When mitochondria are healthy, PINK1 is constantly maintained at a low level due to mitochondrial import, protease cleavage, and proteasome degradation (Jin et al., 2010; Deas et al., 2011; Lazarou et al., 2012; Sekine et al., 2019). Upon mitochondrial damage and depolarization, PINK1 is rapidly accumulated on the outer mitochondrial membrane (OMM) and activated through dimerization and autophosphorylation (Okatsu et al., 2012, 2013; Aerts et al., 2015; Rasool et al., 2018). Therefore, PINK1 acts as a mitochondrial damage sensor to initiate mitophagy. Once activated, PINK1 phosphorylates mitochondrial pre-existing Ub at Ser 65 (pSer65-Ub) (Kane et al., 2014; Kazlauskaite et al., 2014; Koyano et al., 2014; Shiba-Fukushima et al., 2014). pSer65-Ub serves as a key receptor to recruit Parkin from cytosol to mitochondria through direct binding (Shiba-Fukushima et al., 2014; Okatsu et al., 2015b). Binding to pSer65-Ub releases the UBL domain of Parkin from its RING1 domain (Sauve et al., 2015; Wauer et al., 2015a; Aguirre et al., 2017), which promotes the phosphorylation of the UBL domain by PINK1 at Ser 65 (pSer65-Parkin) (Kondapalli et al., 2012; Shiba-Fukushima et al., 2012; Wauer et al., 2015a; McWilliams et al., 2018). Subsequently, the phospho-UBL domain rebinds to the RING0 domain of Parkin to release the catalytic RING2 domain to achieve full activation (Gladkova et al., 2018; Sauve et al., 2018). Activated Parkin then conjugates more Ub onto OMM proteins for PINK1 phosphorylation, which mediates further rounds of Parkin translocation to mitochondria; thus, PINK1, pSer65-Ub, and Parkin form a positive feedforward amplification loop to initiate mitophagy.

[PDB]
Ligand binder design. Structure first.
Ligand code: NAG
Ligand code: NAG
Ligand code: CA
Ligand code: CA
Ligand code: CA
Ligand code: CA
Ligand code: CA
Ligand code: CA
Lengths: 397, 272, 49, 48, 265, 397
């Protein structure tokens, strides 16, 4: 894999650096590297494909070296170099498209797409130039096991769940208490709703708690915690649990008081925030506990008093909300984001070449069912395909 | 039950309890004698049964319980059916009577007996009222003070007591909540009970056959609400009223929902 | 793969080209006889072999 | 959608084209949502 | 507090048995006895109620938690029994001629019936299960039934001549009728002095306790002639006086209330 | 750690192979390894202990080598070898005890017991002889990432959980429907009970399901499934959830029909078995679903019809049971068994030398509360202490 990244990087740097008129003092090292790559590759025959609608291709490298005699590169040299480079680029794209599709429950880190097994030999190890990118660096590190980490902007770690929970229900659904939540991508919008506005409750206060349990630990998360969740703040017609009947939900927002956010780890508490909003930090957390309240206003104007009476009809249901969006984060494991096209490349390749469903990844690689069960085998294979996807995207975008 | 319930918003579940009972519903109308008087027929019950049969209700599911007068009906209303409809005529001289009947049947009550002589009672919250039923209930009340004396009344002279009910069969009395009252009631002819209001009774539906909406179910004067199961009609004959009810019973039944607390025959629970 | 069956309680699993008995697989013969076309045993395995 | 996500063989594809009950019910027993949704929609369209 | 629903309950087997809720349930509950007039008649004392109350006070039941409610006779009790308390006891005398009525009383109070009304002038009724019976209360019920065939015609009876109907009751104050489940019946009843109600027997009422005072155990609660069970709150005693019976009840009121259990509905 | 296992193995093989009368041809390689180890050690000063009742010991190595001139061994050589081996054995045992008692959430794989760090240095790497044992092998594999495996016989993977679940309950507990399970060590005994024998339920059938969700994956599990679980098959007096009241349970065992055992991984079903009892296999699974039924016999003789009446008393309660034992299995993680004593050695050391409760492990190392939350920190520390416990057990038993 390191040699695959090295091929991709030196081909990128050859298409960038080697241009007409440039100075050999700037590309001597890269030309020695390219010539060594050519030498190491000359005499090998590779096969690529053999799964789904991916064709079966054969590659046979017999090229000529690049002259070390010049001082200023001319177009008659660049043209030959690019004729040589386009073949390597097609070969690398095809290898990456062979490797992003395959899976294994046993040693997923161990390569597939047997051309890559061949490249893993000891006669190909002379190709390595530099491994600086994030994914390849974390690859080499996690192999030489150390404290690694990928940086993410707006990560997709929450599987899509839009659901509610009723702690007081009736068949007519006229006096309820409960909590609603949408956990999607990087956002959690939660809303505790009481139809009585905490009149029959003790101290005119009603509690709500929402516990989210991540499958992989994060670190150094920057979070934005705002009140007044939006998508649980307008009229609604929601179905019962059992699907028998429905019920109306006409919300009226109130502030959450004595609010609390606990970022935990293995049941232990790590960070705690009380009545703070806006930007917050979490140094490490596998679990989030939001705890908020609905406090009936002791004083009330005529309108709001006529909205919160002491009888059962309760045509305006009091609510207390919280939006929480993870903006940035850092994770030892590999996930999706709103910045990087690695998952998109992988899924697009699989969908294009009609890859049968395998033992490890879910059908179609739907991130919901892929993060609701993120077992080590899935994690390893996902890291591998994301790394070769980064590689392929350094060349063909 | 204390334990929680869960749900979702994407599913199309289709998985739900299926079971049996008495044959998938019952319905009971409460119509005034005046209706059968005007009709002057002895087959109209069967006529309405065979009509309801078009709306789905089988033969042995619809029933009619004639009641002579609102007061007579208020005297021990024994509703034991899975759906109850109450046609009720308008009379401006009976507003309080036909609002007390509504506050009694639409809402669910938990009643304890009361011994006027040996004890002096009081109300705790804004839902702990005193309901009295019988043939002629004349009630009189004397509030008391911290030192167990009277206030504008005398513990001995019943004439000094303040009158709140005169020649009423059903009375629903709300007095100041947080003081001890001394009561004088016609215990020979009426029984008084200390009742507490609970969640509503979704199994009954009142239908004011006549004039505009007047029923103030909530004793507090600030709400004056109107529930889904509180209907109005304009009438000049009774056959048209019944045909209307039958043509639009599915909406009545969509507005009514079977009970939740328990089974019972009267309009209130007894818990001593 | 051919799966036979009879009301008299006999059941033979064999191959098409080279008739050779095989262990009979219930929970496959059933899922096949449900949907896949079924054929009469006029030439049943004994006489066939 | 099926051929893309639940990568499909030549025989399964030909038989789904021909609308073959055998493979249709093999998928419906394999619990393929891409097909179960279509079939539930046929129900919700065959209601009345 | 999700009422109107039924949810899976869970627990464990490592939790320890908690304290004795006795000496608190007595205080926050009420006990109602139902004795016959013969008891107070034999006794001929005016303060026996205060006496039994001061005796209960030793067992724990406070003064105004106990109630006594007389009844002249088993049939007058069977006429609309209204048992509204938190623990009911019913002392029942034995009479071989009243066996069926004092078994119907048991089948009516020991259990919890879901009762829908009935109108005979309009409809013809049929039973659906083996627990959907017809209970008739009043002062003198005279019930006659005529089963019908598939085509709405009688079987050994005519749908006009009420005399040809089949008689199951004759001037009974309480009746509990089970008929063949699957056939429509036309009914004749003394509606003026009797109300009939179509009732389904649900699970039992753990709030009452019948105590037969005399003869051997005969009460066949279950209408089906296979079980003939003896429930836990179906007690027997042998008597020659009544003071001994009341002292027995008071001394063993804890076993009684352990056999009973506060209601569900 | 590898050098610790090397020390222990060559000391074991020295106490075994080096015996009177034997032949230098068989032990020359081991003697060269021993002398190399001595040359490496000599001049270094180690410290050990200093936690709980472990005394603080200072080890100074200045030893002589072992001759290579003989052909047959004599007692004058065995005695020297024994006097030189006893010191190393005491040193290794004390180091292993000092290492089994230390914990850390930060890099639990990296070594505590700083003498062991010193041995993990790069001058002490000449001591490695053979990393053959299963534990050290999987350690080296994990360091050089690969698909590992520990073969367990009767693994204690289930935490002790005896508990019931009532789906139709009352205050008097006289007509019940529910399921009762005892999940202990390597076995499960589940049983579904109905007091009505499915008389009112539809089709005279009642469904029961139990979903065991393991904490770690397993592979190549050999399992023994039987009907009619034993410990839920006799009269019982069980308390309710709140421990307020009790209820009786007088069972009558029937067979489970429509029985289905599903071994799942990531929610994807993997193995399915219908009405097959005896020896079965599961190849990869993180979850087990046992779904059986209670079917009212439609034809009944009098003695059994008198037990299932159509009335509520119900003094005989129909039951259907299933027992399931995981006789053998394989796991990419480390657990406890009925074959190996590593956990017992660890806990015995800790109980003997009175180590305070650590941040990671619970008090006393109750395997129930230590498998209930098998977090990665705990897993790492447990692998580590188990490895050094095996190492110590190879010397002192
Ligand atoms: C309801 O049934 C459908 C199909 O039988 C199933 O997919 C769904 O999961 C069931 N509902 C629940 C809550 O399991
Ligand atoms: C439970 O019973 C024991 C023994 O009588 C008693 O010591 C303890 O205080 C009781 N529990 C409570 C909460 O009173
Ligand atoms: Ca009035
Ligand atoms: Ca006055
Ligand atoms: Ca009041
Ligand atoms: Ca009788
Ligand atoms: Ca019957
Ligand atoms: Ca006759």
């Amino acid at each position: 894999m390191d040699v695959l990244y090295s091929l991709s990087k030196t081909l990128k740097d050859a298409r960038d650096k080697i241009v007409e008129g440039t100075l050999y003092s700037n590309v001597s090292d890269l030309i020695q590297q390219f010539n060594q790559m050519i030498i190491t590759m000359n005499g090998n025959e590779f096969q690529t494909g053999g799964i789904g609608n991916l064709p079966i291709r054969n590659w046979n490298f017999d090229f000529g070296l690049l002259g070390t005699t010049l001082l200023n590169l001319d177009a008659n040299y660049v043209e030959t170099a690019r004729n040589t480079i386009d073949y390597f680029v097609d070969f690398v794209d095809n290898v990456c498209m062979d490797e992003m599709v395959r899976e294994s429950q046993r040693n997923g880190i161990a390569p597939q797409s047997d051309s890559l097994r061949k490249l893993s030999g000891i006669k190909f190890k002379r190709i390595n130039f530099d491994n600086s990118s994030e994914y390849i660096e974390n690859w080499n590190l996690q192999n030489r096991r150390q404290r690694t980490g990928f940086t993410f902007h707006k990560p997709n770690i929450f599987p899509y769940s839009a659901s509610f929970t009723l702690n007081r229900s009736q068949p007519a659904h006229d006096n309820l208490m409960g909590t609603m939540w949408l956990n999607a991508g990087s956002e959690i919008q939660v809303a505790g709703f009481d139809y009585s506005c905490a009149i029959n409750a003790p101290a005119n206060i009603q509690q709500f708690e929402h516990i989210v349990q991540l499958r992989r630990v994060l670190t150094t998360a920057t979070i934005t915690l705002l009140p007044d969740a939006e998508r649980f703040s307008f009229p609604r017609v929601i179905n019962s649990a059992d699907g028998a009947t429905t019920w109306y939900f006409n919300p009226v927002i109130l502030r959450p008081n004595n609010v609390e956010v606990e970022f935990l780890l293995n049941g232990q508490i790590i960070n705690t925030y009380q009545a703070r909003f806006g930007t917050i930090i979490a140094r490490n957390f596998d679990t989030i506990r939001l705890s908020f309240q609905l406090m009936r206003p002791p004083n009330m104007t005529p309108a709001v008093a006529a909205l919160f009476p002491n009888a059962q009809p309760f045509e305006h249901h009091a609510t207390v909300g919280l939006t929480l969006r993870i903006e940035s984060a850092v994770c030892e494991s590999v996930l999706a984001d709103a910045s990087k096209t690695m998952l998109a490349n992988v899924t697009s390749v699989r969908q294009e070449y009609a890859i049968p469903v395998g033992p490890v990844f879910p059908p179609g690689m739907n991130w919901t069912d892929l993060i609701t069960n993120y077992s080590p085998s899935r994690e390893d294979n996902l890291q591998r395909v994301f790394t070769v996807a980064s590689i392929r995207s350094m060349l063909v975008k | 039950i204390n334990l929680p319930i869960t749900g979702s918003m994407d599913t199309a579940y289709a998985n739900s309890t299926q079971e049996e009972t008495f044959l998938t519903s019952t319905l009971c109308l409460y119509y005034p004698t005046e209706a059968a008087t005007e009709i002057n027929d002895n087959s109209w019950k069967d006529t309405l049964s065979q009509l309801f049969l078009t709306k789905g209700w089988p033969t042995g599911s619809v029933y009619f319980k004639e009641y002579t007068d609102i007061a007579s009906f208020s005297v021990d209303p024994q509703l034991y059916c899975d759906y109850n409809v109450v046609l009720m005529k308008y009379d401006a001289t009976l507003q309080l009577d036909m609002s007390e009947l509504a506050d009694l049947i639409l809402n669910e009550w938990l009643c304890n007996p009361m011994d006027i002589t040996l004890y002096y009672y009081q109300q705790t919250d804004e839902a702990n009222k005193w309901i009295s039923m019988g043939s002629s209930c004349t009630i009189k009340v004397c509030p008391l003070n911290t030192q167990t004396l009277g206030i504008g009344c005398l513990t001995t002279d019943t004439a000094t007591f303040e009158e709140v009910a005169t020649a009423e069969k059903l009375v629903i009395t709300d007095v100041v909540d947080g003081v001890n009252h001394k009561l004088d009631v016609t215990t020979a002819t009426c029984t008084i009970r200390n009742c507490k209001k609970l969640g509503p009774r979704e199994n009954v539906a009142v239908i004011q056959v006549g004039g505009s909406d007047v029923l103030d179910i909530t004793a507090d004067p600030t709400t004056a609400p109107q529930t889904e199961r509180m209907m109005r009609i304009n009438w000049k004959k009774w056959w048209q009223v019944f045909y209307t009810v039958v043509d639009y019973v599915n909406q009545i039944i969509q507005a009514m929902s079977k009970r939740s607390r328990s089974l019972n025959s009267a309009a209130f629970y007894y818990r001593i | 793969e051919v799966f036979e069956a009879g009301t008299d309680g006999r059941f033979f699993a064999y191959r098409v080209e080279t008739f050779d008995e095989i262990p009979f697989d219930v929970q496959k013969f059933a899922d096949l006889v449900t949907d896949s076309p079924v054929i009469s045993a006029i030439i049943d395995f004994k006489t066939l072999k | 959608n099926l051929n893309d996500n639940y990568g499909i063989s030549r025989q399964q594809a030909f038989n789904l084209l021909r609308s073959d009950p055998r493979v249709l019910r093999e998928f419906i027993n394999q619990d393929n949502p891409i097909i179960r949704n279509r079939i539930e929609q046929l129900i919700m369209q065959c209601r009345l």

Another important function of pSer65-Ub is to recruit autophagy receptors, such as NDP52 (CALCOCO2) and Optineurin (OPTN) to damaged mitochondria, a process that is TANK-binding kinase 1 (TBK1) dependent (Heo et al., 2015; Lazarou et al., 2015; Richter et al., 2016). TBK1 is a serine/threonine kinase and phosphorylates these autophagy receptors to promote their binding ability to various Ub chains (Heo et al., 2015; Richter et al., 2016). Interestingly, activation of TBK1 also requires OPTN binding to Ub chains in the presence of PINK1 and Parkin (Heo et al., 2015; Richter et al., 2016). In the prevailing model of mitophagy, after binding to the pSer65-Ub chains, OPTN and/or NDP52 recruit phagophore onto mitochondria by directly binding to LC3 through their LC3-interacting regions (LIR motifs) (Gatica et al., 2018; Palikaras et al., 2018). However, emerging studies suggest that LC3/GABARAP family proteins are dispensable in the selective recognition of damaged mitochondria, based on the observation that, in LC3/GABARAP knockout cells, mitochondria can still be engulfed by autophagosomes (Itakura et al., 2012; Nguyen et al., 2016; Padman et al., 2019). One very recent study has highlighted the role of NDP52 to recruit ULK1 complex to damaged mitochondria (Vargas et al., 2019). NDP52 directly interacts with FIP200 in a TBK1-dependent manner to recruit ULK1 complex, leading to autophagosome biogenesis on damaged mitochondria and initiation of autophagy machinery.